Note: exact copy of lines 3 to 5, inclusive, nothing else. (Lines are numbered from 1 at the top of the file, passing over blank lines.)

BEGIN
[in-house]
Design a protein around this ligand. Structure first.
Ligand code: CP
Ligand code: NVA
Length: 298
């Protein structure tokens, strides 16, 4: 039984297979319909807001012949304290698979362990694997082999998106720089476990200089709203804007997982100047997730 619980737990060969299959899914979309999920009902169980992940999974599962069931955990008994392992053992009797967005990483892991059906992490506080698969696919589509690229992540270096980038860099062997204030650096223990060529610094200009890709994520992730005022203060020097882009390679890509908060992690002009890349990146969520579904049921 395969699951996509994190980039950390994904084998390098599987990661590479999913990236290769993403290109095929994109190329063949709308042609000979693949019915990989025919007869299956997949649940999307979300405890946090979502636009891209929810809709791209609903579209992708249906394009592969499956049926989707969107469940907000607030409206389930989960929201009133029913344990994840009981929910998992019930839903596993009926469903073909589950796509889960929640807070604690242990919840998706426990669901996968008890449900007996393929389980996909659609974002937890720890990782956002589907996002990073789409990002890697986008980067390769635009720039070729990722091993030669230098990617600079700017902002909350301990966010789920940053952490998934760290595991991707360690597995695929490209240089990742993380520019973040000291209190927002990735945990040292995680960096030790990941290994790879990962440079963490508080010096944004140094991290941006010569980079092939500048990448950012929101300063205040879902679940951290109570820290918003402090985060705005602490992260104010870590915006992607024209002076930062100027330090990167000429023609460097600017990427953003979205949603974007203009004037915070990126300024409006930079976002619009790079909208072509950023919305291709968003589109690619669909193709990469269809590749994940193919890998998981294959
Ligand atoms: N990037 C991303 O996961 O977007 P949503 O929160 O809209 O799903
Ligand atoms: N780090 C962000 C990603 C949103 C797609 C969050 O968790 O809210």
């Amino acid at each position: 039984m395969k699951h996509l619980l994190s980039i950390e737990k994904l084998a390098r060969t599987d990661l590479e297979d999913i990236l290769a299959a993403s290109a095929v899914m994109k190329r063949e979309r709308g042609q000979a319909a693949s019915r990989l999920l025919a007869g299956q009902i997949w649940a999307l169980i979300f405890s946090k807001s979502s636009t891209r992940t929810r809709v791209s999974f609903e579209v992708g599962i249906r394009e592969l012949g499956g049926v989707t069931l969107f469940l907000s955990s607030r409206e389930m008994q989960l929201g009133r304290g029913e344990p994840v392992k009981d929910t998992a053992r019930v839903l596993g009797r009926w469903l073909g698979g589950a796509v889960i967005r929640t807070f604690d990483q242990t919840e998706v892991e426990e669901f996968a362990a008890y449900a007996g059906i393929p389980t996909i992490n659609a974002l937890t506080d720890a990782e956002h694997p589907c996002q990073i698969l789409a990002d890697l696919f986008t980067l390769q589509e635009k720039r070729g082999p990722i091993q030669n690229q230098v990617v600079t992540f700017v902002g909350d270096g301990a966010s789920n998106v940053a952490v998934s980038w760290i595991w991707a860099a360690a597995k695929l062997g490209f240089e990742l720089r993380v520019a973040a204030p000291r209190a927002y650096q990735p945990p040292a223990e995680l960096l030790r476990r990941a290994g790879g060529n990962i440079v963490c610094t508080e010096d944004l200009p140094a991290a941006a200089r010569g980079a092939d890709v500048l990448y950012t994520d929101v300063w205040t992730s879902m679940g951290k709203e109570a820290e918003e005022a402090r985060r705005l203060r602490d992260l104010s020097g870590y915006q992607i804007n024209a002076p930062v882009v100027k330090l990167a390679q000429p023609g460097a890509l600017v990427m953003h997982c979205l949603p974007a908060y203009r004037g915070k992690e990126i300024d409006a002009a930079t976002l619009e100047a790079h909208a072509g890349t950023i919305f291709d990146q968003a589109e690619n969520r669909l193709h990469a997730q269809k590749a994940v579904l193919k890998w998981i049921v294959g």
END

Ligand code: CP
Ligand code: NVA
Length: 298